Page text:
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St. Benedict’s Monastery ranch for sale for $150 million

Scott Condon, Aspen Daily News Staff Writer
A spiritual center and accommodations for visitors are a focal point of the 3,800-acre St. Benedict’s Monastery property. It went on the market Thursday for $150 million. Courtesy of Mirr Ranch Group

The 3,800-acre St. Benedict’s Monastery property in Capitol Creek Valley was listed for sale on Thursday for $150 million.

The sale has been anticipated for a couple of years after the Cistercian Order of the Strict Observance that oversees the monastery decided the remaining monks would be relocated. The monastery has operated in Capitol Creek Valley since 1956. It includes a working ranch, with more than 1,000 irrigated acres, and a spiritual center and affiliated cabins for guests. It’s one of the most stunning properties in the Roaring Fork basin.

Ken Mirr, whose firm, Mirr Ranch Group, has the listing, said St. Benedict’s is a unique property, with 3,800 intact acres close to Aspen and with a history of careful oversight.

“It’s a property that’s been locked in the safe in a vault since 1956,” he said. “They are wonderful stewards of the property. It’s one of the largest, intact properties in that immediate area. It’s just not cluttered with a lot of stuff.”

The unique property will likely attract a special buyer that realizes the land-use limits and the history of conservation that Pitkin County, the Capitol Creek Caucus and individual landowners have nurtured in the area over several decades. The property will likely attract a “high net-worth, conservation buyer,” he said.

“What we’re not looking for is to waste our time with any buyers who have some kind of high-density residential, high-density resort or something like that,” Mirr said. “That is not what we’re looking for.”

A sign points the way to St. Benedict’s Monastery property on Thursday. Jordan Curet/Special to the Aspen Daily News

St. Benedict’s is overseen by St. Joseph’s Abbey in Spencer, Massachusetts, according to its website. Mirr said the owners looked at several options of what to do with the property before deciding to sell. Homeowners in the Capitol Creek Valley as well as visitors to the spiritual center have been concerned about its future and formed a group called Friends of the Monastery. They hoped to conserve as much of the property as possible.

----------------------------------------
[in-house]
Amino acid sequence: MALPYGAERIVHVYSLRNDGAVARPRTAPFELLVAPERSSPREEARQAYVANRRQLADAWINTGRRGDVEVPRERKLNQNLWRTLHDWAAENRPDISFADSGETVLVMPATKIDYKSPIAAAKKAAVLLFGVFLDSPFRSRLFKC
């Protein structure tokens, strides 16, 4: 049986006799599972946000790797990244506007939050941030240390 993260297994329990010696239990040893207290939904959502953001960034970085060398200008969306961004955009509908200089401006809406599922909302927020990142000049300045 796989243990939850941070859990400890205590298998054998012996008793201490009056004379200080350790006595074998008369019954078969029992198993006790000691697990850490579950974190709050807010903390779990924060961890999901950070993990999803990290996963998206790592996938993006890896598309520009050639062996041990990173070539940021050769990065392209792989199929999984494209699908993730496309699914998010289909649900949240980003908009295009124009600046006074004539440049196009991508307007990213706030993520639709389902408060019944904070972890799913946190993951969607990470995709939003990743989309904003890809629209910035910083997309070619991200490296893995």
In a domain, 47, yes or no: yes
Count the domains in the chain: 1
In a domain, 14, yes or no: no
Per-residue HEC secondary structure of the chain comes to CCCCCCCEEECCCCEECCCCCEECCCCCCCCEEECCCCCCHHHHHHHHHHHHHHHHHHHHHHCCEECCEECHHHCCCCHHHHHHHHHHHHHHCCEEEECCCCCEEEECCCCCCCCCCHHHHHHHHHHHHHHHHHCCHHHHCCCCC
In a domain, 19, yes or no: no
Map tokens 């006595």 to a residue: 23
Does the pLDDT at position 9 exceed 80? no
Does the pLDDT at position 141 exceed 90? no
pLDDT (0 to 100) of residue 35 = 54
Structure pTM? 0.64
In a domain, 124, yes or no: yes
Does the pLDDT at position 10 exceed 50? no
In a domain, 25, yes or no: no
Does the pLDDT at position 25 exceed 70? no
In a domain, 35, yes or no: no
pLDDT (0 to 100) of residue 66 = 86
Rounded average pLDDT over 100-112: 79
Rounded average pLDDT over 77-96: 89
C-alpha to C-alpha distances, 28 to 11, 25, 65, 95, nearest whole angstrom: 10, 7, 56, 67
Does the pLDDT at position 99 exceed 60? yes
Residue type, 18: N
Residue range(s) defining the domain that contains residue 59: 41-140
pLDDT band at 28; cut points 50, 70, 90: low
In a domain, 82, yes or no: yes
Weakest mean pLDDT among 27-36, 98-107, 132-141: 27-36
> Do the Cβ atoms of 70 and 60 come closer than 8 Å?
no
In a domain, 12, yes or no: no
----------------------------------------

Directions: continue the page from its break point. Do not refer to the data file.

David Chase, a member of the Friends of the Monastery, said the group has worked for the last 12-18 months to try to promote conservation options. He said he has the utmost respect for how the monks have cared for the property and the direction they decided upon.

“We respect what they want to do. It doesn’t belong to any of us,” he said. “Times change and they need to move on.”

There’s hope that as much of the property remains undeveloped as possible. Dale Will, acquisitions and projects director for Pitkin County Open Space and Trails, said the monastery is one of the “Big Four” ranches in that area that have been highly sought for conservation. The other ranches belong to the Child, Harvey and McBride families. All three ranches have been largely protected from development by voluntary actions of the families through conservation deals coordinated by Pitkin County or Aspen Valley Land Trust.

All told, 7,736 acres surrounding the monastery have been protected, Will said. Some of the conserved land abuts the monastery property.

He said he has discussed the idea of conservation easements with the monks at St. Benedict’s for decades. He remains hopeful that Pitkin County can still work toward that goal with a buyer. The open space program isn’t an eligible buyer.

“One-hundred-and-fifty million dollars is out of our range for an outright purchase,” Will said.

The St. Benedict’s ranch in Capitol Creek Valley includes 1,000 acres of irrigated land. Courtesy of Mirr Ranch Group

The open space program closed on the largest transaction in its 33-year history earlier this year with purchase of Snowmass Falls Ranch for $34 million. That property outside of Snowmass Village also is stunning, but significantly smaller at 650 acres.

The monastery ranch features more than 5 miles of frontage along Capitol, Line and Little Elk creeks. Grand peaks such as Haystack Mountain and Mount Sopris tower over it.

The property has three main structures, according to the Pitkin County Assessor’s Office record. The largest is nearly 19,000 square feet. Another is 2,288 square feet and the third is 880 square feet. There also are cabins, a barn and various agricultural buildings.

While Pitkin County has a house-size cap of 9,250 square feet, the Capitol Creek Caucus successfully lobbied for a limit of 5,750 square feet.

Mirr said he understands that some people will be upset or saddened by news the property is listed for sale. Word of the impending listing spread this week. “I think one of the brothers mentioned this at Mass last Sunday,” he said.

Mirr said Pitkin County and the Capitol Creek Caucus have created a blueprint for what can happen in the area and the monks have established a great legacy.

“We’re trying to market in a way that’s respectful for what they’ve done and how people feel about the area,” Mirr said. “I can’t promise what’s going to happen to it.”

He said he will focus on why a person should buy the property and not necessarily what they can and cannot do.

“You should learn how to step into the shoes of being a good land steward because this is a special place with special values with great neighbors,” Mirr said. “I hope that’s possible.”

Courtesy of the Aspen Daily News